What we get is a list of the Root DNS Servers. Let’s use this root DNS server to query infosecinstitute.com. We do this as shown in the figure below:
What we get is a list of authoritative name servers for the .com domain. Notice the dot (.) at the end. This is what makes this a fully qualified domain name (FQDN). Let’s use these name servers to query again.
Now we get the list of authoritative name servers for infosecinstitute.com (which is ns1.pairnic.com and ns2.pairnic.com). Let’s query these name servers to get the IP-address of infosecinstitute.com
Now in the Answer Section we can see that the IP-address for infosecinstitute.com is 184.108.40.206. SUCCESS!
It is also possible for us to set custom DNS servers to query for different records. In the figure below, we will be using DIG to perform a DNS query for the A record of infosecinstitute.com using Google’s DNS server (220.127.116.11).
3599 basically indicates the time-to-live for that particular record provided by the DNS query. If we do the same process again we can see that the TTL has now reduced to 3503.
In case a domain is identified as malicious, then its removal from the global domain name space is basically a 2 step process. The first is to remove its records from the TLD servers and the second is to wait for the TTL to expire across all DNS servers.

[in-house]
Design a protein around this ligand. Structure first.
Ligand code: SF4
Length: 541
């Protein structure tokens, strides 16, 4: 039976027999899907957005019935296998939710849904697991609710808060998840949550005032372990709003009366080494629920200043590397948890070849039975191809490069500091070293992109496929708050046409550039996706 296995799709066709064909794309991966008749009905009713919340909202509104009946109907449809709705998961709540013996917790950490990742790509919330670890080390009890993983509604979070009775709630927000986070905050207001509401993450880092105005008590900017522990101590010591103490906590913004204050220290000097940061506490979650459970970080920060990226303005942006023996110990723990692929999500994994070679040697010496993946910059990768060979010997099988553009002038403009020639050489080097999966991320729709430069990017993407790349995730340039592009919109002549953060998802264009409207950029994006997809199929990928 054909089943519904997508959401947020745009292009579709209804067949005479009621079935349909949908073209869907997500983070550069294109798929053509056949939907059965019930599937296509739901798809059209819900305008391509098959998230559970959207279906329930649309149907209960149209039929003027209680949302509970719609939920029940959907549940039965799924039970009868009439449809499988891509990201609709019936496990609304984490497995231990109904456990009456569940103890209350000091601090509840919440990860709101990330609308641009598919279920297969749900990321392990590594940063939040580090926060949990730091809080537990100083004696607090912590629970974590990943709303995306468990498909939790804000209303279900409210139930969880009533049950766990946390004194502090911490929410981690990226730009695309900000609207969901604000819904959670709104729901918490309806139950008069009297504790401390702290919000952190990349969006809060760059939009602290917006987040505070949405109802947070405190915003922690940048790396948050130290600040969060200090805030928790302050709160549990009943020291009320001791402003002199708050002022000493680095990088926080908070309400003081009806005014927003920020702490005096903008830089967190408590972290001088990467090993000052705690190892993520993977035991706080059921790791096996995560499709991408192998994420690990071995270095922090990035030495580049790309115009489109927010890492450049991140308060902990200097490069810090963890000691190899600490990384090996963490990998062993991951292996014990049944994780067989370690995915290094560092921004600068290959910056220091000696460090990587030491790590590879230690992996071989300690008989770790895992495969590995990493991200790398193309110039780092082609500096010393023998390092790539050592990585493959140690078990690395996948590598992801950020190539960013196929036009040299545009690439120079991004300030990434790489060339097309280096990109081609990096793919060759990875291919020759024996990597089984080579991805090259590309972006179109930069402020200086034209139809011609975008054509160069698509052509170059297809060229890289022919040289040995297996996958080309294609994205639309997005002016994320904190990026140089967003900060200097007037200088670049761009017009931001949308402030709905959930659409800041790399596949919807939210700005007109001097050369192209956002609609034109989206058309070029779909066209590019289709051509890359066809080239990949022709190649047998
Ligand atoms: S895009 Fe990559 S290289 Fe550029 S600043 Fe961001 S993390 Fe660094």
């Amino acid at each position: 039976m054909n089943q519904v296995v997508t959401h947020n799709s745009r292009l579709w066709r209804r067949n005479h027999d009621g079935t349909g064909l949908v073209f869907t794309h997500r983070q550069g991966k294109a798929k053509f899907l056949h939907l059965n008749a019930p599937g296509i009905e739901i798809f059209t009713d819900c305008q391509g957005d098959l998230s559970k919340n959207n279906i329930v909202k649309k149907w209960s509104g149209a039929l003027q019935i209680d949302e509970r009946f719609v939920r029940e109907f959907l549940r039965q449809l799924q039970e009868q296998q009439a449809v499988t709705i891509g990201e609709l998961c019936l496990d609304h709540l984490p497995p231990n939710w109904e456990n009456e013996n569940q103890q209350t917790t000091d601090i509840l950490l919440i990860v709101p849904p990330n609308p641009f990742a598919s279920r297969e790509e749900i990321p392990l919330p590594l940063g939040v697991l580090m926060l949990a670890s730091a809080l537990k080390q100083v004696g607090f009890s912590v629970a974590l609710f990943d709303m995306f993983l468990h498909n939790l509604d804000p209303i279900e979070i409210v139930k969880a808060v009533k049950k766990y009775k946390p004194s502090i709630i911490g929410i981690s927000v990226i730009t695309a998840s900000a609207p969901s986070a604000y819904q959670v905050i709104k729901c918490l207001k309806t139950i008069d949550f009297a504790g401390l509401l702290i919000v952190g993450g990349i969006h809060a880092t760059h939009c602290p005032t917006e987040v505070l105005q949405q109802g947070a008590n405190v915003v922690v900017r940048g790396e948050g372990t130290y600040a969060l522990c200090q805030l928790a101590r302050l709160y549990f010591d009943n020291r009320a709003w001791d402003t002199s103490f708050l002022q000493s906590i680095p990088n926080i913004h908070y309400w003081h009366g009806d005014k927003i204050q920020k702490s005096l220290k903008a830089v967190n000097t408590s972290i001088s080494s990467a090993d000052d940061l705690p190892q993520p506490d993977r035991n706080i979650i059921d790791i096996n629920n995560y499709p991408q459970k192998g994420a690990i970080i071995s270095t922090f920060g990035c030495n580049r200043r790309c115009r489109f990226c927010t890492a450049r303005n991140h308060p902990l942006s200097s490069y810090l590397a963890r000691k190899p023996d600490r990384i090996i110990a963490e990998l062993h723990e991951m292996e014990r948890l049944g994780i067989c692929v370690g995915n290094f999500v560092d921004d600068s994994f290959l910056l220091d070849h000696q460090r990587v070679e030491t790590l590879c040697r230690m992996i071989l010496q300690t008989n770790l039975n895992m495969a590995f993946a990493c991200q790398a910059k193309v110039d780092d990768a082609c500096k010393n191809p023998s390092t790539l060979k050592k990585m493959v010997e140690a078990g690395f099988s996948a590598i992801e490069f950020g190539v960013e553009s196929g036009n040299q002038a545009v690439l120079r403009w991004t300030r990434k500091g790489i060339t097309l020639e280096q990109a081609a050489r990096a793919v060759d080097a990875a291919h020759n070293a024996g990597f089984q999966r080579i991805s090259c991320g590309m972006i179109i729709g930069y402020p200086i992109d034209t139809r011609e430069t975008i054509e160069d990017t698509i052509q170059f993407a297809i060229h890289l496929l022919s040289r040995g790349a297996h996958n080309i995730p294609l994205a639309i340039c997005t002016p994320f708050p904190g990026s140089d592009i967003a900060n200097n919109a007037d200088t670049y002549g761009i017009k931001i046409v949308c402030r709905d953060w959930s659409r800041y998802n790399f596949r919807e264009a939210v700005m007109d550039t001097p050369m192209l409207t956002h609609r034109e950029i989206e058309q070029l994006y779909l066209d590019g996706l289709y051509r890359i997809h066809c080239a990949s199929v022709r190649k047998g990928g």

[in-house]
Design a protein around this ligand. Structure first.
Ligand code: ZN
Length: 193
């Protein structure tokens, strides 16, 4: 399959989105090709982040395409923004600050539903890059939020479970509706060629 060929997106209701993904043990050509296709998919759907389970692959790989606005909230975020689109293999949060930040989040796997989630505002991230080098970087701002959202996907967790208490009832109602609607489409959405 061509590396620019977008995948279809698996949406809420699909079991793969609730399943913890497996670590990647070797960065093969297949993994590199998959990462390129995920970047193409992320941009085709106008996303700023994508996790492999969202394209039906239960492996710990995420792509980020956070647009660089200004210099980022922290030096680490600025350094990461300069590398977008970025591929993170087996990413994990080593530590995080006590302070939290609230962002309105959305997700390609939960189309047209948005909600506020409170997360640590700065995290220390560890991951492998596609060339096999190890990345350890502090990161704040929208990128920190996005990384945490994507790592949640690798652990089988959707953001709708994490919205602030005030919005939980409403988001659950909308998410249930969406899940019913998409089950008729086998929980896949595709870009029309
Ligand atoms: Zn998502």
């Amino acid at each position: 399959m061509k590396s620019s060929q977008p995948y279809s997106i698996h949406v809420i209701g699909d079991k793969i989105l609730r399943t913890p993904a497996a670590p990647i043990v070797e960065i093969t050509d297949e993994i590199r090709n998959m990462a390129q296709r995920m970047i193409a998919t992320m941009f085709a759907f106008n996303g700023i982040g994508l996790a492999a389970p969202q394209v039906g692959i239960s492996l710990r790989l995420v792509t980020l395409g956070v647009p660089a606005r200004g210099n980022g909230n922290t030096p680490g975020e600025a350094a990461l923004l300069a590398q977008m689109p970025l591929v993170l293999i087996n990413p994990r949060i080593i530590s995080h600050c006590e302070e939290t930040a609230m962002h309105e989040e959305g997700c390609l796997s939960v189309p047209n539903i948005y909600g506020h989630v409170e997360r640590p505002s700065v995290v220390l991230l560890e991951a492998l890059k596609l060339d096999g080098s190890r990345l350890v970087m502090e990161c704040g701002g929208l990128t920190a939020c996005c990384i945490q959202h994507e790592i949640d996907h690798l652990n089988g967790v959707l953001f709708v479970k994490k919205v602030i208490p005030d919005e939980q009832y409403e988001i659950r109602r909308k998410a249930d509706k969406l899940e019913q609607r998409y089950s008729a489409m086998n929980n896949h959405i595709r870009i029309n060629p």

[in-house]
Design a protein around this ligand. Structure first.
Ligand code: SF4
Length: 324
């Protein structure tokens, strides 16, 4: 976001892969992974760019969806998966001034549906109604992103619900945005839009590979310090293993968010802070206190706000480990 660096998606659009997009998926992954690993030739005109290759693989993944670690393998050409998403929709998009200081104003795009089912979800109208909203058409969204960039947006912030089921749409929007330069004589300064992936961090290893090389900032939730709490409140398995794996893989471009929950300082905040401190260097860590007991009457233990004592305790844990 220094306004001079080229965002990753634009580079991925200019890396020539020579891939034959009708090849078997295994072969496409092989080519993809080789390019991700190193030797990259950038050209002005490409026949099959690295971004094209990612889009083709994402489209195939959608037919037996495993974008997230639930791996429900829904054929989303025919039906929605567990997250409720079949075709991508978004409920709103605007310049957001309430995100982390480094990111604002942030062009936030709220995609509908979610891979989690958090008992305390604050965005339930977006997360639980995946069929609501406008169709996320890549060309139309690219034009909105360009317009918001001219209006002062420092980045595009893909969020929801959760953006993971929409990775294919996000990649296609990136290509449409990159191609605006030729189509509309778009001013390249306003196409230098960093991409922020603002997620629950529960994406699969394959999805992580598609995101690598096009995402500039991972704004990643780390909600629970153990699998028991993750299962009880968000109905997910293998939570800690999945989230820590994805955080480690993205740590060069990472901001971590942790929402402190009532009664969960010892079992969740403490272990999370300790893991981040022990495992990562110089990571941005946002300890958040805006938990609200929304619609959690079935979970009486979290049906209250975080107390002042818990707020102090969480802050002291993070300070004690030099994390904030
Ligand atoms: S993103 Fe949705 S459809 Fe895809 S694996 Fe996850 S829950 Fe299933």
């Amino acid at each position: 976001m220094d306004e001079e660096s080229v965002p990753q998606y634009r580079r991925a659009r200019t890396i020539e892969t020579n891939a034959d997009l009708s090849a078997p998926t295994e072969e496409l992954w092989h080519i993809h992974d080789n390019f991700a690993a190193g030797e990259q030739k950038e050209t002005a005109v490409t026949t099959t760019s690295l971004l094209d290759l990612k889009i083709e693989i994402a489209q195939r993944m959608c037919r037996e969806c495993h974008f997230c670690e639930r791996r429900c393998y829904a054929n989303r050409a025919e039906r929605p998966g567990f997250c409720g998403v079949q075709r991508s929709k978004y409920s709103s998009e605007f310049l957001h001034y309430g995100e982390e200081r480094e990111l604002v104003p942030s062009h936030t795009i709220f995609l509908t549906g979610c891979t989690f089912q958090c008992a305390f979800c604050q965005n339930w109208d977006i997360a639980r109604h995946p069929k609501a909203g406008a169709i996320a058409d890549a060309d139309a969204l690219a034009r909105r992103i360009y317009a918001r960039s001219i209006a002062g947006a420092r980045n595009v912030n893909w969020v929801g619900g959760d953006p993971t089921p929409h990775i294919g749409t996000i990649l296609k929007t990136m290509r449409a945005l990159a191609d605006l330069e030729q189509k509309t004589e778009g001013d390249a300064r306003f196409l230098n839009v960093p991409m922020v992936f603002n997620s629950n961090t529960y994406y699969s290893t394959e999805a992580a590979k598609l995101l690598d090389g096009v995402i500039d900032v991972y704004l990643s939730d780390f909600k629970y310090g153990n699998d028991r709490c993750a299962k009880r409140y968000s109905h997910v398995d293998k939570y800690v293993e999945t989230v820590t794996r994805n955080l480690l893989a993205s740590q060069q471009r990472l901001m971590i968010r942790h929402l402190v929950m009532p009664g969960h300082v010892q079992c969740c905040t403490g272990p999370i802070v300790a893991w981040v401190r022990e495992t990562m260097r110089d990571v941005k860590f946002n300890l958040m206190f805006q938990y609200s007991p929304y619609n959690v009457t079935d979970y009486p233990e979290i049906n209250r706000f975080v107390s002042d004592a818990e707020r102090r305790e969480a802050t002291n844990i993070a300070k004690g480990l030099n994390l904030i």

To identify the IP address of a domain, one of the important things to know is the delegation data of that particular domain. The delegation data contains the NS record of a domain and its corresponding A record, i.e., the IP address of the name server. The delegation data also has a particular TTL which tells us the time until which the delegation data will be in the cache. In the figure below I am querying one of the TLD servers for .com to give me the address of a non-existing subdomain. It replies back with an Authority Section and an Additional Section which has the NS records for the domain, as well as the IP address (i.e., A record) of the name servers.
Let’s see this in an example. I’ll create a subdomain named infosec.searching-eye.com on my website.
Once it is done, let’s use a particular open DNS server say 18.104.22.168 (OpenDNS) to query the domain.
We can see the response in the answer section. Also we can see that it has a particular TTL value of 14399. The delegation data is now cached by this server. So let’s go ahead and remove the subdomain now.
As we can see, the subdomain infosec.searching-eye.com has been successfully removed. Now let’s go ahead and make the same query for the subdomain infosec.searching-eye.com from the same DNS server.
Surprise, we still get a response.
This is because of the cached records that are present in Google’s DNS server. As we can see, the TTL has decreased down to 12790. We know why this response is here. This is because of the fact that the delegation data for the subdomain has been cached into the DNS server because of the query we made while the subdomain was live.
Let’s make the same query for the same subdomain through our default DNS server.